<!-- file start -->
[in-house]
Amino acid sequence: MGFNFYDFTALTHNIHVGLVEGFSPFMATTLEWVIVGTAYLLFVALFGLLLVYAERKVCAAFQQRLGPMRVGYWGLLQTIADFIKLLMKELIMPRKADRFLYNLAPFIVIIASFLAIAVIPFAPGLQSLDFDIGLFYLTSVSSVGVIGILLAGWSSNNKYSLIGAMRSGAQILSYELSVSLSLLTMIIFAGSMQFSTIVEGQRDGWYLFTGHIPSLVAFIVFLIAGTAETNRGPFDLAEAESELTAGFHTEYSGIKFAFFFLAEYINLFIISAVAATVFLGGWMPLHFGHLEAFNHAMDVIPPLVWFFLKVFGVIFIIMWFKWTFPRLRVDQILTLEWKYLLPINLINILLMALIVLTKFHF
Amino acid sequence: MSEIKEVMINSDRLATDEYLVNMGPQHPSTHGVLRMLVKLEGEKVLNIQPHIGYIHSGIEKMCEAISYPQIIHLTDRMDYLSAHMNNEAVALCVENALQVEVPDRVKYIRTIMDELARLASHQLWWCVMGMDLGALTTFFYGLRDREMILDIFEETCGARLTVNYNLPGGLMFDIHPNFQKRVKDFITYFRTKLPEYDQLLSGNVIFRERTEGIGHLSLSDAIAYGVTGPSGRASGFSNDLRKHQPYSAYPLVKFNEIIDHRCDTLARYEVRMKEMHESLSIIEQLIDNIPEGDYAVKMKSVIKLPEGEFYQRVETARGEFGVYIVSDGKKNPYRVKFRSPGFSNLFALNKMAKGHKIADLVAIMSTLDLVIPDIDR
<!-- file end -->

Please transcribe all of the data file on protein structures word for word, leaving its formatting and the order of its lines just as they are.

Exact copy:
[in-house]
Amino acid sequence: MGFNFYDFTALTHNIHVGLVEGFSPFMATTLEWVIVGTAYLLFVALFGLLLVYAERKVCAAFQQRLGPMRVGYWGLLQTIADFIKLLMKELIMPRKADRFLYNLAPFIVIIASFLAIAVIPFAPGLQSLDFDIGLFYLTSVSSVGVIGILLAGWSSNNKYSLIGAMRSGAQILSYELSVSLSLLTMIIFAGSMQFSTIVEGQRDGWYLFTGHIPSLVAFIVFLIAGTAETNRGPFDLAEAESELTAGFHTEYSGIKFAFFFLAEYINLFIISAVAATVFLGGWMPLHFGHLEAFNHAMDVIPPLVWFFLKVFGVIFIIMWFKWTFPRLRVDQILTLEWKYLLPINLINILLMALIVLTKFHF
Amino acid sequence: MSEIKEVMINSDRLATDEYLVNMGPQHPSTHGVLRMLVKLEGEKVLNIQPHIGYIHSGIEKMCEAISYPQIIHLTDRMDYLSAHMNNEAVALCVENALQVEVPDRVKYIRTIMDELARLASHQLWWCVMGMDLGALTTFFYGLRDREMILDIFEETCGARLTVNYNLPGGLMFDIHPNFQKRVKDFITYFRTKLPEYDQLLSGNVIFRERTEGIGHLSLSDAIAYGVTGPSGRASGFSNDLRKHQPYSAYPLVKFNEIIDHRCDTLARYEVRMKEMHESLSIIEQLIDNIPEGDYAVKMKSVIKLPEGEFYQRVETARGEFGVYIVSDGKKNPYRVKFRSPGFSNLFALNKMAKGHKIADLVAIMSTLDLVIPDIDR